I bought a book, then 5 minutes later found an identical cheaper one online using my smartphone, so I returned it. Was this wrong?
I recently found myself at Barnes and Noble with quite the conundrum. The parking lot was crazy busy. The Nook booths up front were heaving with rabid present-seekers. The coffee shop bustled with students cramming for finals.
I was there, however, for a reading by an author friend of mine. The reading area was, well, quieter. I can say I wasn’t the only audience member since the poet’s mom came too.
After the reading—which was great—I perused the stacks as I considered the wisdom of making a purchase for myself so close to Christmas. But, with great speed, books destroy my powers to delay gratification, so before long I had two in my hands. Thanks to a herculean effort I narrowed it down to one by Neil Gaiman, but I wasn’t certain about it.
So, I brought out my iPhone. No, I didn’t scan the bar-code quite yet, I simply Googled the title, Anansi Boys. After a few flicks, I learned the book was the story of a character from a Gaiman’s previous novel, American Gods. So, I went to find American Gods on the shelf.
They had one edition. Hard cover. $26.99. Tenth Anniversary Author’s Preferred Text Edition. I swithered, but then walked it calmly to the register. A minute later, I had purchased the book for $29.01.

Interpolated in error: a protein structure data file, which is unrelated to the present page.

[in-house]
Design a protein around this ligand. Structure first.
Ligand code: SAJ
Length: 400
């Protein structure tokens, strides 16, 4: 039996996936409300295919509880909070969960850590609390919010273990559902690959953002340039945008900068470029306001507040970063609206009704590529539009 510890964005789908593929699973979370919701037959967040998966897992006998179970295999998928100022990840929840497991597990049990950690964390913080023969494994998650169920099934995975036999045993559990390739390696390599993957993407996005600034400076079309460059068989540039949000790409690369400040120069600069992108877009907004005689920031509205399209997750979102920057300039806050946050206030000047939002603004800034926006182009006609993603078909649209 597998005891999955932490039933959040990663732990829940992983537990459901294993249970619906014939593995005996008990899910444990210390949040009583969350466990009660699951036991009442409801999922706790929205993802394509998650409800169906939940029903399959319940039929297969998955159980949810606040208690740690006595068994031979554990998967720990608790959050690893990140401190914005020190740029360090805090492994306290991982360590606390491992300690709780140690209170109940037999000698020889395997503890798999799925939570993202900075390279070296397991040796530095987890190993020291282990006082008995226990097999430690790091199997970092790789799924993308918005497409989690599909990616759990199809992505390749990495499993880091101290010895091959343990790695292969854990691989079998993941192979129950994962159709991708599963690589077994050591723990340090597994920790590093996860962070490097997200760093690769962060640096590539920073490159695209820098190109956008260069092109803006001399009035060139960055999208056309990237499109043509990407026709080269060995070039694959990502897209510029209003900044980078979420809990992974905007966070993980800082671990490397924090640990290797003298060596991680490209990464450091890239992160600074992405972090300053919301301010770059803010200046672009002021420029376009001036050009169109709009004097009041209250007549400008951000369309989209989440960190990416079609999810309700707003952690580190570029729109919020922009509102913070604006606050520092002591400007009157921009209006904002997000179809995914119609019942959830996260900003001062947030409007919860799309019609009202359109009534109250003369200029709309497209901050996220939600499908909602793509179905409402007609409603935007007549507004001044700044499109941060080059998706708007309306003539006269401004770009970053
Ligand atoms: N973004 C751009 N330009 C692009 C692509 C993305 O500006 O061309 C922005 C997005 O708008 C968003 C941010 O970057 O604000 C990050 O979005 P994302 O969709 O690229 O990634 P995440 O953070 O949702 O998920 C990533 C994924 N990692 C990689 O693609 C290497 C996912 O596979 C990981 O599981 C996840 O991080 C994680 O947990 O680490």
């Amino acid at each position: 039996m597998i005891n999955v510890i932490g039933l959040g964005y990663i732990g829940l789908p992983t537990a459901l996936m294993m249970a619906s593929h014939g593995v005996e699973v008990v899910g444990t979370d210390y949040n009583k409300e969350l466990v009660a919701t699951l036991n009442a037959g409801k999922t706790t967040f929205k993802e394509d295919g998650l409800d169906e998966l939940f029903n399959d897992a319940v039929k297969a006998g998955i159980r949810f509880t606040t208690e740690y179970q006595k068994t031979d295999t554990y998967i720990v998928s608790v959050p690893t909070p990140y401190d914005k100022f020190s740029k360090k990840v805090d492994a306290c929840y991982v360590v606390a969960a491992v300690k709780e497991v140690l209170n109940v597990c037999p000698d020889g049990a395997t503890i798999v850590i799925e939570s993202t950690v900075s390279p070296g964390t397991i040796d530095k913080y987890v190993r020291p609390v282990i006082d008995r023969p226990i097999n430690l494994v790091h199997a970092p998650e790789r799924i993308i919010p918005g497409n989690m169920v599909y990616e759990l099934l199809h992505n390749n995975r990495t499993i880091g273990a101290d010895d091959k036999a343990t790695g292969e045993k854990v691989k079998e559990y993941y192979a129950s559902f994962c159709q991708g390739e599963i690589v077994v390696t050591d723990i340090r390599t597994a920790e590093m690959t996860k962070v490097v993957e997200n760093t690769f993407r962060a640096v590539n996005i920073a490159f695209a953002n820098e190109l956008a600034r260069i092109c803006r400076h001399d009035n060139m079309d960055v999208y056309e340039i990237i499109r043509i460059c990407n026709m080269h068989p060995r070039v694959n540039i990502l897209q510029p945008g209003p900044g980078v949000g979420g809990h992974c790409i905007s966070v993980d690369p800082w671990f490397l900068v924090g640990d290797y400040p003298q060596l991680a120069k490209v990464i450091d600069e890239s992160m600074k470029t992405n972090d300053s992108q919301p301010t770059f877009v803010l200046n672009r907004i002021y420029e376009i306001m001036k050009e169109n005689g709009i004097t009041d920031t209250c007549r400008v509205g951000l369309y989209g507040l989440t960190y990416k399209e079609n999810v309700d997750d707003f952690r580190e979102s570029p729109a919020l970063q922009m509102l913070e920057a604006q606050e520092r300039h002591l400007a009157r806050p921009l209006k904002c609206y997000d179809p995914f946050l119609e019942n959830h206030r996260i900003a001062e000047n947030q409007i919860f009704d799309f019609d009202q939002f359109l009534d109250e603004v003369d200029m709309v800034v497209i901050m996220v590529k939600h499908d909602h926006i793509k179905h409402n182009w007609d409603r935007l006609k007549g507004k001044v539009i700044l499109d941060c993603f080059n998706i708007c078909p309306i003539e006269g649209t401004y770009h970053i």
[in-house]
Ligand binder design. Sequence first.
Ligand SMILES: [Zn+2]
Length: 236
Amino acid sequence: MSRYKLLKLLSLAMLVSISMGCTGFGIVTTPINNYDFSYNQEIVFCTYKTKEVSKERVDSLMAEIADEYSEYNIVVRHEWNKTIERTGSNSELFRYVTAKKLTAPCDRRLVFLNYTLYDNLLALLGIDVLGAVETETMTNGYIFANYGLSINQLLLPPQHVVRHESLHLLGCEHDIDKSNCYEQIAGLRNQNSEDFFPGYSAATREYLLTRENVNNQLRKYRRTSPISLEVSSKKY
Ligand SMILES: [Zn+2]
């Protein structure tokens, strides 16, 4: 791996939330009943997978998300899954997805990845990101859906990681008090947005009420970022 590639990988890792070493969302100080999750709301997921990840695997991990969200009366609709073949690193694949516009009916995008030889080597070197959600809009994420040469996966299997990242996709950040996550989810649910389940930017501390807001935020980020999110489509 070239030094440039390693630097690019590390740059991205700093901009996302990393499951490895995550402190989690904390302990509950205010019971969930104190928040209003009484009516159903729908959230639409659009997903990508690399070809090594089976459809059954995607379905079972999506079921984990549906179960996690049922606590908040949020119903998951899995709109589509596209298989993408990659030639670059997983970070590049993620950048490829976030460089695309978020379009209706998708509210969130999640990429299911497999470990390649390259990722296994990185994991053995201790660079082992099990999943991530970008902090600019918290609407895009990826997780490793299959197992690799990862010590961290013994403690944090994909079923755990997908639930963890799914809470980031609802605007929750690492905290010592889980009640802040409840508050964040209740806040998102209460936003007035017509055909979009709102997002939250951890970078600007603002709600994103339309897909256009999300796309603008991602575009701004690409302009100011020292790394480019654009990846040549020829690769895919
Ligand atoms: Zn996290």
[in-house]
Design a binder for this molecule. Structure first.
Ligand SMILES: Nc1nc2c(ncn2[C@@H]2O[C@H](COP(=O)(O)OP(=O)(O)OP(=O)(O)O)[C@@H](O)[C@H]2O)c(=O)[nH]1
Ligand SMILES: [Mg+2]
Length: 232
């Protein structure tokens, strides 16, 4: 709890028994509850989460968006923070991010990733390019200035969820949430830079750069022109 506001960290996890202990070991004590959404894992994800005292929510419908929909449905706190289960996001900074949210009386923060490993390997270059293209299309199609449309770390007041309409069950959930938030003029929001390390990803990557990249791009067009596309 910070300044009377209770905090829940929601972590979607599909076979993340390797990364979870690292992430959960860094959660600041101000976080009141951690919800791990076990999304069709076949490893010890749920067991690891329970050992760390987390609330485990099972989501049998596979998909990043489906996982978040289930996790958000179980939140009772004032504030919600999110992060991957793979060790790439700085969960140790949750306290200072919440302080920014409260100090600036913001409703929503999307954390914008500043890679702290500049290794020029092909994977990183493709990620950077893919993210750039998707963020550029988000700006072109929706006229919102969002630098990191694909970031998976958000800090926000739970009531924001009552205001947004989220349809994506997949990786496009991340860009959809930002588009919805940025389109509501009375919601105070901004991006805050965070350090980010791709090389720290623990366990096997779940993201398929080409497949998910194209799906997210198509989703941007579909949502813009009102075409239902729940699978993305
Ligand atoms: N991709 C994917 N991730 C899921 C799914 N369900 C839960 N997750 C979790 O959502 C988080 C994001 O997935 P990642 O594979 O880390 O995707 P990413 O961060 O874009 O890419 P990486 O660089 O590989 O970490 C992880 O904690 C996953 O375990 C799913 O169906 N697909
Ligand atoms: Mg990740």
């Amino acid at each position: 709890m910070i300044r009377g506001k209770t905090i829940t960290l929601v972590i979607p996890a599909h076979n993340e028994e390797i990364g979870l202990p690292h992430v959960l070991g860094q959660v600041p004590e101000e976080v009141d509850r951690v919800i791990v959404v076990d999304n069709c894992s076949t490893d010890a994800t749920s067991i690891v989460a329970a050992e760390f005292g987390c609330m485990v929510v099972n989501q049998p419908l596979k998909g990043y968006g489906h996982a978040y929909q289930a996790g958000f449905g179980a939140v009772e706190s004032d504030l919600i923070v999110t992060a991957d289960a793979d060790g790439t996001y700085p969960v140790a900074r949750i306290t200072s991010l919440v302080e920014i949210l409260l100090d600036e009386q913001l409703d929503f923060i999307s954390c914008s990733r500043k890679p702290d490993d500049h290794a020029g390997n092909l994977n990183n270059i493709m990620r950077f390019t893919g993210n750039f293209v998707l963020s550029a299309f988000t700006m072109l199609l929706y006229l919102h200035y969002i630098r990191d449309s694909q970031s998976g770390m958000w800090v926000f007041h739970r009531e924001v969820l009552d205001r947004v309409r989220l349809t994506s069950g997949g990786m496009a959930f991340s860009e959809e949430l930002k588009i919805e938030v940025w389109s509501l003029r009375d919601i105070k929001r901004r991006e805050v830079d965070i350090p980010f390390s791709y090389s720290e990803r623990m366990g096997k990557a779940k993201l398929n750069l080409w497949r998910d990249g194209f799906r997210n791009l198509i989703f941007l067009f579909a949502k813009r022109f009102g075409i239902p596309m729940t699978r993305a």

As I sat in the car warming up — this is Fargo, remember — I felt deep regret. $30 is our household’s monthly book allowance (not including school books). I just blew it in one fell swoop. I did really want to read American Gods, but it was mostly an impulse buy. So, on another impulse, I whipped out my phone and brought up the Amazon app. I scanned my just-purchased book’s barcode, and its Amazon page popped up in two seconds.
Amazon price: $17.60. No sales tax. I have a student Amazon Prime account, meaning I have free two-day shipping on most purchases. I bought it one tap. One tap. Then I opened the car door, walked back in to Barnes and Noble, stood in line, returned the $29.01 copy, and drove away with more money in my pocket and a very confused conscience.
Then, Slate’s Farhad Manjoo responded to Russo quite wisely it seems to me, complicating matters entirely.
Loyal readers will know I’m a sucker for small independently-owned book stores. I miss living in bigger areas like Decatur boasting places like Little Shop of Stories with it’s wonderfully curated collection, friendly staff, smart book groups, and glorious story times. (And, get this: Neil Gaiman has visited Little Shop.)
Often, in Fargo, I buy used books from Red Raven, and I’ve purchased several from Zambroz. I try to buy work books through The Thoughtful Christian.com, usually at great discount, but certainly not with two-day shipping. But I do buy a lot of books via Amazon. Most, even. And I’m still wrestling with my Barnes and Noble return.
So, dear Internet, I confess it. But, to be honest, I’m not sure whether I have sinned or not. If so, my penance will be donate the $11.41 difference to a good cause. But, maybe, I was just a savvy shopper with a smartphone and the good sense to take advantage of my student free two-day shipping when I can.
Am I an Amazon app sinner destroying my local economy, or a smart shopper saving $11.41 I can now spend locally?